Saturday, April 24, 2010

Lost in the Performance

Last week NPR ran a story about a poem, reportedly one of the first pieces of animal rights literature. Ann Barbauld, an assistant in the lab of Joseph Priestly, penned it:Priestly

It was, after all, 1773, just a few years before Lexington, Concord and the Declaration of Independence. On both sides of the Atlantic, "inalienable rights" were a rallying cry, and Anna, a young wife and poet, decided to write a protest poem. She called it "The Mouse's Petition to Dr. Priestley, Found in the Trap where he had been Confined all Night."

NPR included commentary from a historian on the concept of “inalienable rights,” and an actress read the poem with great emotion.

Priestly himself gets a bit lost in their discussion:

There were lots of mice in Priestley's lab. He had made his reputation as one of the first scientists to identify oxygen. He studied mice to figure out what happens inside animals as they breathe. This meant he regularly opened them to examine lungs, veins, arteries, to see that blood changed color when it moved through lungs. And since tuberculosis -- or "consumption" -- was the scourge of that era, lung research seemed like a valuable thing to do.

Priestly described oxygen, photosynthesis, and carbonation. He also founded Unitarianism. His support of controversial ideas often necessitated moves to other countries or even continents; he died in the United States because he supported both the US and French revolutions.

Some of his most famous experiments are detailed at this web site. He collected oxygen and found that a container of it burned longer and kept mice alive longer than an identical container of air. He also demonstrated that plants can produce oxygen; a closed container would kill a mouse, but a plant in the same closed container allowed the mouse to live.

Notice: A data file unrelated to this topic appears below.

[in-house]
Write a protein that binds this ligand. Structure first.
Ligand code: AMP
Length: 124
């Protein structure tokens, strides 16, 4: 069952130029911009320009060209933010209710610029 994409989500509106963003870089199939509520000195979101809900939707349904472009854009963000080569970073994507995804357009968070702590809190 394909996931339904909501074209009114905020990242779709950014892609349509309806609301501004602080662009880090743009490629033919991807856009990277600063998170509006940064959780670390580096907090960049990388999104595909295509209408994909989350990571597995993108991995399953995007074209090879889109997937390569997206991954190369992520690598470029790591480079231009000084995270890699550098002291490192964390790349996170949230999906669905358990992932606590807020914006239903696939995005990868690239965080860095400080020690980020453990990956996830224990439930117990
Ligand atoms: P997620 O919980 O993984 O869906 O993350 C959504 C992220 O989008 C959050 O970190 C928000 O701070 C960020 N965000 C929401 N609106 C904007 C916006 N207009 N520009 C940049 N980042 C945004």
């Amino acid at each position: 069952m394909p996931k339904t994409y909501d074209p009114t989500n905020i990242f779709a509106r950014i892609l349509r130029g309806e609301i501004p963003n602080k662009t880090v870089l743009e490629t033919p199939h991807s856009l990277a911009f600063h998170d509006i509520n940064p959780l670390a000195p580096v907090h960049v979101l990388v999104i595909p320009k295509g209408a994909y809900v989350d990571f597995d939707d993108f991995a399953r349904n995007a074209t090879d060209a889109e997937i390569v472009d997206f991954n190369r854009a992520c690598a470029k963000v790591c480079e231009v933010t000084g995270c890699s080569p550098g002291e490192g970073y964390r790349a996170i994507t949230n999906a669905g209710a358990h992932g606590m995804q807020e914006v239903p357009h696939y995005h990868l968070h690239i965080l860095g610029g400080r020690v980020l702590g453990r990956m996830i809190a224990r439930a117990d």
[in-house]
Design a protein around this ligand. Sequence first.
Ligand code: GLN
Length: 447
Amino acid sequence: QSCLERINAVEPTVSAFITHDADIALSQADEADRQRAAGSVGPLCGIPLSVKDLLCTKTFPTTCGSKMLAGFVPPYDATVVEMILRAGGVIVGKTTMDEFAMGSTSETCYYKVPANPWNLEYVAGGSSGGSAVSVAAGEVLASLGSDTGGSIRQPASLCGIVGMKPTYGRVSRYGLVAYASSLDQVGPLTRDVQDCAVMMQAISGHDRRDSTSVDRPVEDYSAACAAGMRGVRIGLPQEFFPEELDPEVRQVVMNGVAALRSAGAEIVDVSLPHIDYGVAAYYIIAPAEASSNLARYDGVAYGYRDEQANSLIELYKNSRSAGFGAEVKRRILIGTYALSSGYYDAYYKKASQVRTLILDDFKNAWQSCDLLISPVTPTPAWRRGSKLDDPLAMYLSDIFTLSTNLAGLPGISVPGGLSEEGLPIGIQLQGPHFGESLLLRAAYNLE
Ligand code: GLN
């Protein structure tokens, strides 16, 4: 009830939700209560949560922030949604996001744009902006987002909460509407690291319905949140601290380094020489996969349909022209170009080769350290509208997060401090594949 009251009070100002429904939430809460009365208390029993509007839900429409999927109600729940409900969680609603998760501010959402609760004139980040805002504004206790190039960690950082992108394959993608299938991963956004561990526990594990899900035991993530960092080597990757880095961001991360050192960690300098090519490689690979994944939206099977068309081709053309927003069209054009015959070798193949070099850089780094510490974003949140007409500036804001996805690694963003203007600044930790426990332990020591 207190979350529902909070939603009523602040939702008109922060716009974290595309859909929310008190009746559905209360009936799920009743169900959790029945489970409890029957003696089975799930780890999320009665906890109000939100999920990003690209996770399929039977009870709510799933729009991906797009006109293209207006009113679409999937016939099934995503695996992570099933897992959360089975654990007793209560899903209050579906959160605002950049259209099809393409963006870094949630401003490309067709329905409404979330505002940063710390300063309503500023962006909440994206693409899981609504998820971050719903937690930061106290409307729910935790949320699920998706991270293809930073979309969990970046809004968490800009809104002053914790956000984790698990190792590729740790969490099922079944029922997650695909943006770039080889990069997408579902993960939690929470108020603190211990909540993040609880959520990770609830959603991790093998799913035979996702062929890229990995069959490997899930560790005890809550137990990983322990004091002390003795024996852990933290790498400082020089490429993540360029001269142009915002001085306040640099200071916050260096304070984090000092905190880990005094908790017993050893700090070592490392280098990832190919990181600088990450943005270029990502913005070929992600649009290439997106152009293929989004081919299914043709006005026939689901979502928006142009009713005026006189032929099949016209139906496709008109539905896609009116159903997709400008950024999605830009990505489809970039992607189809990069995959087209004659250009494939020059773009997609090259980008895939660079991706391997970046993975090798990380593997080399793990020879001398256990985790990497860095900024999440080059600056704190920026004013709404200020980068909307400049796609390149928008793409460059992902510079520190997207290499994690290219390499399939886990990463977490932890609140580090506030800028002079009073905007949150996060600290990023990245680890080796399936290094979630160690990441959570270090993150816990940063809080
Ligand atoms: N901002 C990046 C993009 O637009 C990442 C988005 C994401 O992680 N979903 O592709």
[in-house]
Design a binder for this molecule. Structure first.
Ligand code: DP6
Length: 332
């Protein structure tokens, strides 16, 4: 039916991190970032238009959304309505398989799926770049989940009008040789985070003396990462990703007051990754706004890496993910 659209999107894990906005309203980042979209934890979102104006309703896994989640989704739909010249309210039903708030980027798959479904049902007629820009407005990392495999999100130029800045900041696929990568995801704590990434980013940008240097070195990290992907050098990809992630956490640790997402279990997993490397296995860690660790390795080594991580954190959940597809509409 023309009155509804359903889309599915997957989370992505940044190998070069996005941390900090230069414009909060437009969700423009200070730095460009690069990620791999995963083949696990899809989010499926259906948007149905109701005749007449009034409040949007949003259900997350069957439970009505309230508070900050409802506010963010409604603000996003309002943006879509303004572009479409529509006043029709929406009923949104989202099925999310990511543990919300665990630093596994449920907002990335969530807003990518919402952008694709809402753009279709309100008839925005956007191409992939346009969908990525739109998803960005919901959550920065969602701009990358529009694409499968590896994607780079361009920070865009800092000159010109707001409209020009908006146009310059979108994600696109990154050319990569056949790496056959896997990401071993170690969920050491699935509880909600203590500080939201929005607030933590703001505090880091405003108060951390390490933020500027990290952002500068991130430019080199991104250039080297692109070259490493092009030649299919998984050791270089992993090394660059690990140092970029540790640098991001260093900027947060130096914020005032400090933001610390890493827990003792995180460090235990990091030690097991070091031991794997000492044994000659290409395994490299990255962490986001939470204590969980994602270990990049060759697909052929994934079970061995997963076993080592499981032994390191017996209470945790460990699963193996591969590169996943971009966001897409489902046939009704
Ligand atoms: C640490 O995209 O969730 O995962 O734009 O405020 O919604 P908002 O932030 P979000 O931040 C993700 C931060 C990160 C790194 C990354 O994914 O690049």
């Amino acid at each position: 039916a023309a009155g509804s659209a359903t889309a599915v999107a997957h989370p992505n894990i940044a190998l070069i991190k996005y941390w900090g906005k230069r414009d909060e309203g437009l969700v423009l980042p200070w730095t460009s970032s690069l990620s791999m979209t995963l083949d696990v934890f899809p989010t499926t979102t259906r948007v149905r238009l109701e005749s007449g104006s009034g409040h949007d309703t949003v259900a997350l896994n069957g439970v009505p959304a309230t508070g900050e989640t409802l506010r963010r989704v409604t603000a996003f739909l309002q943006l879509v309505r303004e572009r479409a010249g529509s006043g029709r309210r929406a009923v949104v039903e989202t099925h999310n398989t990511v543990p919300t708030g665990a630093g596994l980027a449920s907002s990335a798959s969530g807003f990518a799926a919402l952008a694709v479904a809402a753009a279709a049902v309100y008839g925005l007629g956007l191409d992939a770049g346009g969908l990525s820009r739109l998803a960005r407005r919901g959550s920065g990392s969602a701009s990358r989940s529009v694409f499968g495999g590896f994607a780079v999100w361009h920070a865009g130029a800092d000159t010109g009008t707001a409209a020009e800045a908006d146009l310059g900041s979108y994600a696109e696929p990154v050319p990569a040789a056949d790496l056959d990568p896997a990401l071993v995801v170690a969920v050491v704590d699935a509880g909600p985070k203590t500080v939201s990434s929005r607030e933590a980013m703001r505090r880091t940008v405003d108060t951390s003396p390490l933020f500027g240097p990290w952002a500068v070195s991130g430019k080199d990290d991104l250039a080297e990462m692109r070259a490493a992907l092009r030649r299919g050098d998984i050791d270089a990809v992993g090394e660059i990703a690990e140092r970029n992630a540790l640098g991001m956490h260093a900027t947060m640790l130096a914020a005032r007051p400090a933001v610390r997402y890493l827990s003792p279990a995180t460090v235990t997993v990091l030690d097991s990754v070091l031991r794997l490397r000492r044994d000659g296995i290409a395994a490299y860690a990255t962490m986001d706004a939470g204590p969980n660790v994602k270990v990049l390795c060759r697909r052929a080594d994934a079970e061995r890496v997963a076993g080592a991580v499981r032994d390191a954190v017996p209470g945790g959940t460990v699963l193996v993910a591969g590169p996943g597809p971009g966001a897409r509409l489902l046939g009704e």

Priestly’s ongoing belief in phlogiston theory kept him from developing his observations to their full potential and eventually excluded him from mainstream science. Antoine Lavoisier eventually “discovered” oxygen as well and recognized it as an element, discrediting phlogiston theory along the way. These events led to the development of modern chemistry. The American Chemical Society arose from a commemoration of Priestly’s work a few years after his death.

Today, combustion is a chemical reaction. Air contains oxygen that enters our blood through our lungs. Plants renew oxygen in the air. All of these facts result, at least in part, from Priestly’s experiments with mice.

People and animals still die of lung diseases. We still have much to learn about the way bodies work. There are still questions we cannot answer without using animal models. Today, though, our animals get much more protection. Institutions that perform animal research supervise scientists and require protocols that use the lowest number of animals possible. Most laboratory animals come from commercial sources and are bred solely as research subjects; rats and mice are generally not trapped in the wild as they were in the 1700s. Experiments expected to end in the death of an animal, such as Priestly’s, require extra levels of justification and supervision. While most animals do succumb to experimental efforts, death most often occurs under anesthesia or via another approved method of euthanasia. Food and water are provided. Environments are enriched. Pain and distress are minimized, as required by law.

Animal research remains an important tool for understanding biology and disease. Without it, progress in a number of disorders will be slowed or stopped. I am glad NPR told me about this historically important piece of literature; I just wish they would have pointed out the importance of Priestly’s experiments; surely they justify the loss of some mice.

No comments:

Post a Comment